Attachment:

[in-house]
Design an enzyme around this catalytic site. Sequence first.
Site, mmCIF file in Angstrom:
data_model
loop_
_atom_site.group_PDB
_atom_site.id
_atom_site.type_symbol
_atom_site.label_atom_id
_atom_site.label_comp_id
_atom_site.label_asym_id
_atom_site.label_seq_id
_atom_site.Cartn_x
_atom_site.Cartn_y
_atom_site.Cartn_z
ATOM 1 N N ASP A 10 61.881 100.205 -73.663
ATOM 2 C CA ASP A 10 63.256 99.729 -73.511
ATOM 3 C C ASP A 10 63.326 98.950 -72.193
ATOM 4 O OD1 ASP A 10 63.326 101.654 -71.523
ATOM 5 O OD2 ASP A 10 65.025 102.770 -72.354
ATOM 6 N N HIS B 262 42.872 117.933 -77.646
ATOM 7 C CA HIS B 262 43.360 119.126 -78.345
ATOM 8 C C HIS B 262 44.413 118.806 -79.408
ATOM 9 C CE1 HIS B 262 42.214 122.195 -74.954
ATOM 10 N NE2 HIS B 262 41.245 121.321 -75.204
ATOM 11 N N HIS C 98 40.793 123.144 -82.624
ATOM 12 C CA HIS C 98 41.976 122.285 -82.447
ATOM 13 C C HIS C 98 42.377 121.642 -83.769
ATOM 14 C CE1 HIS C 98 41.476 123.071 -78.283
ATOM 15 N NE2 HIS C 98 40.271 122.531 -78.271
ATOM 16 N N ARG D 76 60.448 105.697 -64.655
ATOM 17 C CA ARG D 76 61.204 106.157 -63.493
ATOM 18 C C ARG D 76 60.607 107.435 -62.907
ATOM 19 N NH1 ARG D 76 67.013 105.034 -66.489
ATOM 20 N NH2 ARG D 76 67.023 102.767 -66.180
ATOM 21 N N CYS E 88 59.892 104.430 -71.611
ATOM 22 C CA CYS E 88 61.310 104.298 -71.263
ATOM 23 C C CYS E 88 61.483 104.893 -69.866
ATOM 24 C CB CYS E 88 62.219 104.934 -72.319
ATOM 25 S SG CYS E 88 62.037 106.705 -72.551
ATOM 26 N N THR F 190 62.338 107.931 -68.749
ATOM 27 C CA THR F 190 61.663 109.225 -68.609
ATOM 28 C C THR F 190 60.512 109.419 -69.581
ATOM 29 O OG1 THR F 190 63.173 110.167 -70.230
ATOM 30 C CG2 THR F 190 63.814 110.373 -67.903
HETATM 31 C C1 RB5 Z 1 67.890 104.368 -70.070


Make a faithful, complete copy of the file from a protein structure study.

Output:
[in-house]
Design an enzyme around this catalytic site. Sequence first.
Site, mmCIF file in Angstrom:
data_model
loop_
_atom_site.group_PDB
_atom_site.id
_atom_site.type_symbol
_atom_site.label_atom_id
_atom_site.label_comp_id
_atom_site.label_asym_id
_atom_site.label_seq_id
_atom_site.Cartn_x
_atom_site.Cartn_y
_atom_site.Cartn_z
ATOM 1 N N ASP A 10 61.881 100.205 -73.663
ATOM 2 C CA ASP A 10 63.256 99.729 -73.511
ATOM 3 C C ASP A 10 63.326 98.950 -72.193
ATOM 4 O OD1 ASP A 10 63.326 101.654 -71.523
ATOM 5 O OD2 ASP A 10 65.025 102.770 -72.354
ATOM 6 N N HIS B 262 42.872 117.933 -77.646
ATOM 7 C CA HIS B 262 43.360 119.126 -78.345
ATOM 8 C C HIS B 262 44.413 118.806 -79.408
ATOM 9 C CE1 HIS B 262 42.214 122.195 -74.954
ATOM 10 N NE2 HIS B 262 41.245 121.321 -75.204
ATOM 11 N N HIS C 98 40.793 123.144 -82.624
ATOM 12 C CA HIS C 98 41.976 122.285 -82.447
ATOM 13 C C HIS C 98 42.377 121.642 -83.769
ATOM 14 C CE1 HIS C 98 41.476 123.071 -78.283
ATOM 15 N NE2 HIS C 98 40.271 122.531 -78.271
ATOM 16 N N ARG D 76 60.448 105.697 -64.655
ATOM 17 C CA ARG D 76 61.204 106.157 -63.493
ATOM 18 C C ARG D 76 60.607 107.435 -62.907
ATOM 19 N NH1 ARG D 76 67.013 105.034 -66.489
ATOM 20 N NH2 ARG D 76 67.023 102.767 -66.180
ATOM 21 N N CYS E 88 59.892 104.430 -71.611
ATOM 22 C CA CYS E 88 61.310 104.298 -71.263
ATOM 23 C C CYS E 88 61.483 104.893 -69.866
ATOM 24 C CB CYS E 88 62.219 104.934 -72.319
ATOM 25 S SG CYS E 88 62.037 106.705 -72.551
ATOM 26 N N THR F 190 62.338 107.931 -68.749
ATOM 27 C CA THR F 190 61.663 109.225 -68.609
ATOM 28 C C THR F 190 60.512 109.419 -69.581
ATOM 29 O OG1 THR F 190 63.173 110.167 -70.230
ATOM 30 C CG2 THR F 190 63.814 110.373 -67.903
HETATM 31 C C1 RB5 Z 1 67.890 104.368 -70.070